Manuscript Collection

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Identifier

Accession 496

Inclusive Dates

1941-1959

Restrictions

Open under the rules and regulations of the Louise Pettus Archives and Special Collections

Collection Size

1,000 pieces, 0.50 linear feet

Language

English

Historical Note

Samuel Taylor “Thunderbird” Blue, Jr. was born on August 15, 1872. His father, Samuel Taylor Blue, Sr. was a white farmer possibly born in Fort Mill, SC and his mother was Margaret George, a pure Indian from the Catawba Reservation. Chief Blue’s Indian name was Namé Patki, which means “Big Bear.” The name “Thunderbird” was not his real name, but a name given to him by a reporter.

His father died while he was young and lived most of his life on the Catawba Indian reservation just outside of Rock Hill, SC where he learned about the history and culture of his people. Chief Blue had no formal education and was baptized in the into The Church of Jesus Christ of Latter-day Saints in South Carolina (1882?) on the Catawba Indian Reservation near Rock Hill, S.C. He married Minnie Hester George (1871-1897?) from the Catawba Reservation in 1886. They had three children. Minnie George Blue died in 1894. Chief Blue remarried Hester Louisa Jean Canty (1883-1963) of the Catawba Reservation on May 8, 1897. Hester Blue is considered the last “full-blooded” Catawba Indian and was master potter and was fluent in the Catawba language. Chief Blue and Hester had nine children. Chief Blue had as many as 23 children, three by his first wife and twenty by his second, however only ten survived into adulthood, while eleven were stillborn with five having never been given a name.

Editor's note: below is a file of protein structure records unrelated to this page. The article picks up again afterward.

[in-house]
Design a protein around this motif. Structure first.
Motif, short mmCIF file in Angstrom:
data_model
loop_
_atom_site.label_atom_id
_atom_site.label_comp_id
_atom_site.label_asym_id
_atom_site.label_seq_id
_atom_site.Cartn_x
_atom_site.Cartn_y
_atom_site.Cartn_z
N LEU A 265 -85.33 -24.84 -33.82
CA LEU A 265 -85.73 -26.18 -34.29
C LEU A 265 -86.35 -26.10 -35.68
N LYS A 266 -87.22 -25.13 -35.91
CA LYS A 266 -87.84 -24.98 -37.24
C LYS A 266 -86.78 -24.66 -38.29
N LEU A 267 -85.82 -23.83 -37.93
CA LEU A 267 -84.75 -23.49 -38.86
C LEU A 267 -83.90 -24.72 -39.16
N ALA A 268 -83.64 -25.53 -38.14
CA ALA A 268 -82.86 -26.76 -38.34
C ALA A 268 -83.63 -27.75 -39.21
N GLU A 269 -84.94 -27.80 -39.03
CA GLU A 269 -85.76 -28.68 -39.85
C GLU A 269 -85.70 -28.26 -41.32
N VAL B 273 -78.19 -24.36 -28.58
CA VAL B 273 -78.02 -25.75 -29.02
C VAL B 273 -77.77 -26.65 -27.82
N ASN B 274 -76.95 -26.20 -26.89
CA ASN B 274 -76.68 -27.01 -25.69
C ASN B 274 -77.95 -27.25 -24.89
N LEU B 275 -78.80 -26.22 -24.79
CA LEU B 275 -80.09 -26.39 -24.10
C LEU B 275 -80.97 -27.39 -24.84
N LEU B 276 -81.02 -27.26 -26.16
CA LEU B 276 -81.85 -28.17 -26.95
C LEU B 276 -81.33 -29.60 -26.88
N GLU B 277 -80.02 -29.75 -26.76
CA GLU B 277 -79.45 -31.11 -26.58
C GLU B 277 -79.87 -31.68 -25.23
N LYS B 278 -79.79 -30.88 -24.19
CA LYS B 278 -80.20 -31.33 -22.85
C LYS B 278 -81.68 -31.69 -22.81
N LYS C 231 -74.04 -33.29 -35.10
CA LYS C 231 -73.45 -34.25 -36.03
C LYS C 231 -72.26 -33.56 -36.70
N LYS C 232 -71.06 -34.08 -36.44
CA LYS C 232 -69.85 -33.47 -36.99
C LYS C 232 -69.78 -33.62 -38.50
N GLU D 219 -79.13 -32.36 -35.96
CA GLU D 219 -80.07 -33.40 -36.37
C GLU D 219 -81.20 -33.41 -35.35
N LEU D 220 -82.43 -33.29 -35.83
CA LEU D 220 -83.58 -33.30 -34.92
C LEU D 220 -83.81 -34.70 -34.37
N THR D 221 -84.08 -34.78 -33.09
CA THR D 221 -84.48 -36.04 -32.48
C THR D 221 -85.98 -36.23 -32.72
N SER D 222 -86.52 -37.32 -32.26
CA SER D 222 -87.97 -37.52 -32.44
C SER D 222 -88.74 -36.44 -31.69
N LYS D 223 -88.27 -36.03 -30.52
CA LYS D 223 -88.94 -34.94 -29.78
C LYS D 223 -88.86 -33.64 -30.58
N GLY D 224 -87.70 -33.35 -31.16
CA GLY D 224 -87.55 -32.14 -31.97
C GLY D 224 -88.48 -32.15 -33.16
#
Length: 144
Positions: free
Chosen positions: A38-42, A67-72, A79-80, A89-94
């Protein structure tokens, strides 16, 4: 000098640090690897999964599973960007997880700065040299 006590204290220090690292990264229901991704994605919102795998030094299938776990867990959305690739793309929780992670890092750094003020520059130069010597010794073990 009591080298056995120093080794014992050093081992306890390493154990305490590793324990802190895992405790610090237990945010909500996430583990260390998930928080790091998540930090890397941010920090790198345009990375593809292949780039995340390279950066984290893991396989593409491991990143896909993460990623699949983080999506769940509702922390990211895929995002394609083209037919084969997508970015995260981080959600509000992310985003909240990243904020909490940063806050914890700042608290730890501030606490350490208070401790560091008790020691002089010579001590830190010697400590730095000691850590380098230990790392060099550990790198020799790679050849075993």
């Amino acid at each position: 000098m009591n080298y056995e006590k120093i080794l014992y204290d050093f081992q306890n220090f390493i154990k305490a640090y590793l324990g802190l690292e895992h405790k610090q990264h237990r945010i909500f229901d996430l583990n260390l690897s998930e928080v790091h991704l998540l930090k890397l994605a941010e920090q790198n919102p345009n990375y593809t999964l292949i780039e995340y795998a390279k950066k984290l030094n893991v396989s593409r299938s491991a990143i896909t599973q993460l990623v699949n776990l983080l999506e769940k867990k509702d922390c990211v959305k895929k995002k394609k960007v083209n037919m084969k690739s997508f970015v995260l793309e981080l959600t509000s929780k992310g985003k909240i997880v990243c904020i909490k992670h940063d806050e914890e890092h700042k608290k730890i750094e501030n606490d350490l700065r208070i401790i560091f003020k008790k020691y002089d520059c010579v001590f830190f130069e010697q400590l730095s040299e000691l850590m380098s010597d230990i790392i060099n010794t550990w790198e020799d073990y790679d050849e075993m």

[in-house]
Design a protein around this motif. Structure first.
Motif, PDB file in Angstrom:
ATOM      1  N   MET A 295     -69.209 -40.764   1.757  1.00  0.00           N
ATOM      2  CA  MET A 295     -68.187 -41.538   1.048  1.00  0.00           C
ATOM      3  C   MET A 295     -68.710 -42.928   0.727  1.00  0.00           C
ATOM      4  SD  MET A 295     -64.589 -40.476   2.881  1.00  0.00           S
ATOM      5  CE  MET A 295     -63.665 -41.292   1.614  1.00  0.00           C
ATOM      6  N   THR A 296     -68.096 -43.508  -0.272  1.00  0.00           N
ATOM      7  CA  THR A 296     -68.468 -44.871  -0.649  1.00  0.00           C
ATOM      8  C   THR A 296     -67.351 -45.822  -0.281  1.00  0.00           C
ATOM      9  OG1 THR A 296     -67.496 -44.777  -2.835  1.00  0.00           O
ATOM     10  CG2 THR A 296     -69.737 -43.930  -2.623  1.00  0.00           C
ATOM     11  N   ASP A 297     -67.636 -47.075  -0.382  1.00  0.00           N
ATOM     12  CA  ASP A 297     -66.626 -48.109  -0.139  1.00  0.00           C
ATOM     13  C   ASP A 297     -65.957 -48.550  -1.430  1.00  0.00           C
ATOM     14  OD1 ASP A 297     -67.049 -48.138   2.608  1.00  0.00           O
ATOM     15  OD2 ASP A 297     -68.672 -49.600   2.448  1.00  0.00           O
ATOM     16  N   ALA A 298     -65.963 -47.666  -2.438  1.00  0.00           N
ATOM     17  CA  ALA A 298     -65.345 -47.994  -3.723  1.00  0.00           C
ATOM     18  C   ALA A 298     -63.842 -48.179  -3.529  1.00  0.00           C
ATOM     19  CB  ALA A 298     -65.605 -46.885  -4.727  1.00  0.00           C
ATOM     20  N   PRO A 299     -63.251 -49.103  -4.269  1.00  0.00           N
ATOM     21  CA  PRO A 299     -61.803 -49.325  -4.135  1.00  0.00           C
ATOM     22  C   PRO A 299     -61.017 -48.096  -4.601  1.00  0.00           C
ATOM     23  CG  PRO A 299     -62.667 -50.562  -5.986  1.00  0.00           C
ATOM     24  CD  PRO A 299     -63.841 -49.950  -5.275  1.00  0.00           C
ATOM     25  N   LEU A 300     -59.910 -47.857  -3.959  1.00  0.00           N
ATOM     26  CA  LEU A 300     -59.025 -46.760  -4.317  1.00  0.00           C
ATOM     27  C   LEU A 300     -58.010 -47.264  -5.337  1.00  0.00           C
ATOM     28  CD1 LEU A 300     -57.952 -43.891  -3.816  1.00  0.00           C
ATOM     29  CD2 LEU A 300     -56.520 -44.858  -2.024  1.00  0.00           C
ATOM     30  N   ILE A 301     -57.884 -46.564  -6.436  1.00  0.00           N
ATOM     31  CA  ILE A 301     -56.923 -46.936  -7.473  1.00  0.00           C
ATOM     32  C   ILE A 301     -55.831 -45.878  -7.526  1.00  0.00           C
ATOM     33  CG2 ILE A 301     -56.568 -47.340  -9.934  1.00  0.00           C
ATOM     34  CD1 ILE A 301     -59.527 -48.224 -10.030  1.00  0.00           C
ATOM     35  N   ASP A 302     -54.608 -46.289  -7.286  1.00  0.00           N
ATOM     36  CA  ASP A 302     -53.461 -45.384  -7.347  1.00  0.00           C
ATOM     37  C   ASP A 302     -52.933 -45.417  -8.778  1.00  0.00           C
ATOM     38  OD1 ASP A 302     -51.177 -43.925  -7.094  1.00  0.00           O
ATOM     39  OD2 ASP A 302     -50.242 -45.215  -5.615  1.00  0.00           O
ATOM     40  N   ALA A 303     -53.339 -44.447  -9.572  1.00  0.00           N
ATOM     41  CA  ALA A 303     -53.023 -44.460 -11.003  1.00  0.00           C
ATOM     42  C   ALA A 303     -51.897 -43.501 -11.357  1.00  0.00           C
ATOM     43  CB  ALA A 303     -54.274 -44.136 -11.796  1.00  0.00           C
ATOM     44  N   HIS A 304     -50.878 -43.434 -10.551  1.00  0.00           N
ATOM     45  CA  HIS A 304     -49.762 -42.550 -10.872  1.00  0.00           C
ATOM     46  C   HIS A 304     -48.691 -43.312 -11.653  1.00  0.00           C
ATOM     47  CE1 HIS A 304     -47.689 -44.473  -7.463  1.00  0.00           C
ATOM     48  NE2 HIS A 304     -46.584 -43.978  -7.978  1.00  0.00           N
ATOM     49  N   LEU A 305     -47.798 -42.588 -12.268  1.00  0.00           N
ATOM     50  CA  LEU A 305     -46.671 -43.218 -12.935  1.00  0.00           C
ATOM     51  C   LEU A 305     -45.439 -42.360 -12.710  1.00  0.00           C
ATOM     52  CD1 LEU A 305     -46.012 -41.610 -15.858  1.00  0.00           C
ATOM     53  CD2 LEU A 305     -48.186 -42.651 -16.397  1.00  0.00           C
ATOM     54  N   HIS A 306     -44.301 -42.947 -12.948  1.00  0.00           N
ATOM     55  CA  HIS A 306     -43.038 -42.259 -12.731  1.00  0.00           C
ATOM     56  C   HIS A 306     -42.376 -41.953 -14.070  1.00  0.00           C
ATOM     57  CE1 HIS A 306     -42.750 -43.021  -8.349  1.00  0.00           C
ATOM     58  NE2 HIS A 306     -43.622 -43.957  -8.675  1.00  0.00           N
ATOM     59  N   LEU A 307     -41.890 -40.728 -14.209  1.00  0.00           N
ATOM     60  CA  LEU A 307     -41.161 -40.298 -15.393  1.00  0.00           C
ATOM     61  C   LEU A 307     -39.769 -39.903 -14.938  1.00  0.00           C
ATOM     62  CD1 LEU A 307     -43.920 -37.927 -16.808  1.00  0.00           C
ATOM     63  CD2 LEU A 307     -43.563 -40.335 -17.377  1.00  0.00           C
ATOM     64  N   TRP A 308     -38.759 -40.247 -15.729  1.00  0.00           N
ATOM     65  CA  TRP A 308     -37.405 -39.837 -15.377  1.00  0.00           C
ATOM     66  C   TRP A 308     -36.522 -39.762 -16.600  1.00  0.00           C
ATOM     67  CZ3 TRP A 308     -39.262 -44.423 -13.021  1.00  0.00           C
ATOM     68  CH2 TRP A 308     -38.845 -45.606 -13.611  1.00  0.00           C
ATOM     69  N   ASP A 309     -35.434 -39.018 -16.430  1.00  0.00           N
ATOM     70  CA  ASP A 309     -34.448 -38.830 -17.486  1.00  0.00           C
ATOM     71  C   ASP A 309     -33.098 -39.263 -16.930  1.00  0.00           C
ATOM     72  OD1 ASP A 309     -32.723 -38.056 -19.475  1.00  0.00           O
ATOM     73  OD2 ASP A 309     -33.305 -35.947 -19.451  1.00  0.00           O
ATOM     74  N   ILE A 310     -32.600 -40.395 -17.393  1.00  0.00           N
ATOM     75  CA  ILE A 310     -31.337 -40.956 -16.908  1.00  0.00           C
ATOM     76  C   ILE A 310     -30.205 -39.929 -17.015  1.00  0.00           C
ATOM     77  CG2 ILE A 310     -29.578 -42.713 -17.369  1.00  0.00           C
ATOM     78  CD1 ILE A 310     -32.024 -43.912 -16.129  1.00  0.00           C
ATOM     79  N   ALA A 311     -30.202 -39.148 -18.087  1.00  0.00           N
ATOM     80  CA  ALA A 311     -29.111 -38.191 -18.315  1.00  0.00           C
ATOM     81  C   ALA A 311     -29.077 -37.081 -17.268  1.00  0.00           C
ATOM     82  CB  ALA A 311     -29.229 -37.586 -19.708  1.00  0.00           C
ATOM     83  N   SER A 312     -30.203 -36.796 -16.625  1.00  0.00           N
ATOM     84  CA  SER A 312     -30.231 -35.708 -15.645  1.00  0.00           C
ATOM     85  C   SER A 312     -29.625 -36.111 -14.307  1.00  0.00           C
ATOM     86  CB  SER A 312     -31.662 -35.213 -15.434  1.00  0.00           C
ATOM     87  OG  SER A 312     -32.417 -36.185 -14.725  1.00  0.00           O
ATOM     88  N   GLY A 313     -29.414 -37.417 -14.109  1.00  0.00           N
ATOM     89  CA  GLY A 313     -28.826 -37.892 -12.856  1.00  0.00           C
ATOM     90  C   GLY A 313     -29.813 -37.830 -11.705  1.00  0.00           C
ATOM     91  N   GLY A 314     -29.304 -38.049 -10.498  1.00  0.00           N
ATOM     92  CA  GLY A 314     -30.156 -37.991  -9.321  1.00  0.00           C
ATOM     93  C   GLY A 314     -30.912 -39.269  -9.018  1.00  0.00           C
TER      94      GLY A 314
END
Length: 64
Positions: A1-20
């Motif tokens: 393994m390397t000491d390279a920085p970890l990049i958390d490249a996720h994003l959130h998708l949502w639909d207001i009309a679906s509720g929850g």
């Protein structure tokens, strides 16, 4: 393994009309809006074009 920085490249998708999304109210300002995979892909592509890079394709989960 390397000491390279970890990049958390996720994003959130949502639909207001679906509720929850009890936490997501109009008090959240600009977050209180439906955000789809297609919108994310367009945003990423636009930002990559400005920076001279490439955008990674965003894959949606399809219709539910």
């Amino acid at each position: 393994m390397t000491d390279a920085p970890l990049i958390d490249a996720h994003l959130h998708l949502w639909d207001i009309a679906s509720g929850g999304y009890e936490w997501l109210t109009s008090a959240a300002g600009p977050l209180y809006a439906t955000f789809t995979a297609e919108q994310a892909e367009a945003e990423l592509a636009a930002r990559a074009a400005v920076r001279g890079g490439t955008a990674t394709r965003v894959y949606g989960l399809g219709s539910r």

Chief Blue was elected chief in 1931 and served for three administrations (1931–1938, 1941–1943, and 1956–1958). Chief Blue was a spokesman for the Indians in the capitol in Columbia, S.C. Chief Samuel Blue died on April 16, 1959 and was one of the last of the tribe who could speak the original Catawba language. His wife, Minnie, was one of the last (if not the last) to be fluent in the Catawba language when she passed away in 1963. He is buried on the Catawba Indian Reservation.

Scope and Content Note

The collection consists of photocopies of correspondence, genealogical information, financial records, newspaper clippings, photographs, pamphlets, and a scrapbook collected by Samuel Taylor (Thunderbird) Blue (1872-1959), former chief of the Catawba Indians (1931–1938, 1941–1943, and 1956–1958). A large part of the collection relates to mission work with The Church of Jesus Christ of Latter-day Saints in South Carolina (Mormon Church), and federal agencies on the problems facing the Catawba Indians.

Additional Notes

The originals were transferred to the Catawba Cultural Center Archives.

Provenance

The papers of Samuel Taylor Blue, Catawba Indian Chief, were deposited March 23, 1983 by the Museum of York County.

Copyright

For information concerning copyright please contact the Louise Pettus Archives and Special Collections at Winthrop University.

Chief Samuel Taylor (Thunderbird) Blue Papers - Accession 496

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